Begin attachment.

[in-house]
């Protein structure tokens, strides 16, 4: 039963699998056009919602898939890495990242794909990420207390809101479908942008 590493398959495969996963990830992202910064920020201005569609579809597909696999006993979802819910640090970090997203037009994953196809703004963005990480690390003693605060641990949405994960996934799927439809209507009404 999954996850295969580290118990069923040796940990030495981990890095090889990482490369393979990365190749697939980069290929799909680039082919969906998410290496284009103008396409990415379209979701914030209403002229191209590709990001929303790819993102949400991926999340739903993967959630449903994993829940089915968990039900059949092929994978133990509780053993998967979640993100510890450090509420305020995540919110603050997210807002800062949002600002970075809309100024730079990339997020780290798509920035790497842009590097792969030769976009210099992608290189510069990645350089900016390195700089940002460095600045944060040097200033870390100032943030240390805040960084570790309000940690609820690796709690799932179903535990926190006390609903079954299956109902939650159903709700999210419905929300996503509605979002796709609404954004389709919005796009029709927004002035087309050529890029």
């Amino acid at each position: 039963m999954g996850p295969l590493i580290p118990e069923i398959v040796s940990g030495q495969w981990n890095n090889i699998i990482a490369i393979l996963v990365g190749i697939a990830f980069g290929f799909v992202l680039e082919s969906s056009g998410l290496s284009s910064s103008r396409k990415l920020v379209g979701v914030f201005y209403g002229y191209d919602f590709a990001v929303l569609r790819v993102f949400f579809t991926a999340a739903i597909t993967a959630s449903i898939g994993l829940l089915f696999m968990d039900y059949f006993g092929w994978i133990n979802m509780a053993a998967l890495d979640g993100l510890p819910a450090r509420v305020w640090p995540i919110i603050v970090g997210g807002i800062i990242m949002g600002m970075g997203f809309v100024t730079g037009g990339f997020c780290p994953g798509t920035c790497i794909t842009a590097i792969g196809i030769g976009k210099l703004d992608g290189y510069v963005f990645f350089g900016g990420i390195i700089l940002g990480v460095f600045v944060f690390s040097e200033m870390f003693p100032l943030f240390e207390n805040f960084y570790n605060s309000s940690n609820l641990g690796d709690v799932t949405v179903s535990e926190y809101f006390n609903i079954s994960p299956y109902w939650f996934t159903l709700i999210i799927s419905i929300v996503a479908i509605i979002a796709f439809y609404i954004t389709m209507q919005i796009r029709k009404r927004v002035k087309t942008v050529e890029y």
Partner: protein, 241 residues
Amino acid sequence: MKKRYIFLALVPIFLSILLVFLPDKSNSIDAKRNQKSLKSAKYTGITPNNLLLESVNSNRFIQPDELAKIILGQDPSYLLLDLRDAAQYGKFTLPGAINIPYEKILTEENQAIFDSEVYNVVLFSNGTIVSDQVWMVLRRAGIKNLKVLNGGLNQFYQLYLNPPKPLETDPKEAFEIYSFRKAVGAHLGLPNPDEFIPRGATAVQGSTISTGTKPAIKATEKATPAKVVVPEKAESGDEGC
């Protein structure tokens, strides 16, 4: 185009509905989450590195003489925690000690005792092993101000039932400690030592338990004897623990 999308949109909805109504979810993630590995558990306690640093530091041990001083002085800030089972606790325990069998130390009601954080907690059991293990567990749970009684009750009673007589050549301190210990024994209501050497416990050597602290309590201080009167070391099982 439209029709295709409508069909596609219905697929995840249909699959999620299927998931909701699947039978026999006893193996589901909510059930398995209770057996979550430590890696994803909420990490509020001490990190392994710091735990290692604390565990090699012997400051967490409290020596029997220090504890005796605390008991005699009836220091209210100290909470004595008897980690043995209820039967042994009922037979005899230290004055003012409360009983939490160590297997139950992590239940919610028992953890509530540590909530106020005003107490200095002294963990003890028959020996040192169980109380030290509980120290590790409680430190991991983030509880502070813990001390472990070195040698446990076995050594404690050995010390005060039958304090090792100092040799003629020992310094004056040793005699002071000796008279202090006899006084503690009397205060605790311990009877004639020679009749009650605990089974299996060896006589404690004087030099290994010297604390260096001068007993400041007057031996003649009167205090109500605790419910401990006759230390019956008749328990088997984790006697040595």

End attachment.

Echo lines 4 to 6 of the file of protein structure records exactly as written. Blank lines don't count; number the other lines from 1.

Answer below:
Partner: protein, 241 residues
Amino acid sequence: MKKRYIFLALVPIFLSILLVFLPDKSNSIDAKRNQKSLKSAKYTGITPNNLLLESVNSNRFIQPDELAKIILGQDPSYLLLDLRDAAQYGKFTLPGAINIPYEKILTEENQAIFDSEVYNVVLFSNGTIVSDQVWMVLRRAGIKNLKVLNGGLNQFYQLYLNPPKPLETDPKEAFEIYSFRKAVGAHLGLPNPDEFIPRGATAVQGSTISTGTKPAIKATEKATPAKVVVPEKAESGDEGC
């Protein structure tokens, strides 16, 4: 185009509905989450590195003489925690000690005792092993101000039932400690030592338990004897623990 999308949109909805109504979810993630590995558990306690640093530091041990001083002085800030089972606790325990069998130390009601954080907690059991293990567990749970009684009750009673007589050549301190210990024994209501050497416990050597602290309590201080009167070391099982 439209029709295709409508069909596609219905697929995840249909699959999620299927998931909701699947039978026999006893193996589901909510059930398995209770057996979550430590890696994803909420990490509020001490990190392994710091735990290692604390565990090699012997400051967490409290020596029997220090504890005796605390008991005699009836220091209210100290909470004595008897980690043995209820039967042994009922037979005899230290004055003012409360009983939490160590297997139950992590239940919610028992953890509530540590909530106020005003107490200095002294963990003890028959020996040192169980109380030290509980120290590790409680430190991991983030509880502070813990001390472990070195040698446990076995050594404690050995010390005060039958304090090792100092040799003629020992310094004056040793005699002071000796008279202090006899006084503690009397205060605790311990009877004639020679009749009650605990089974299996060896006589404690004087030099290994010297604390260096001068007993400041007057031996003649009167205090109500605790419910401990006759230390019956008749328990088997984790006697040595």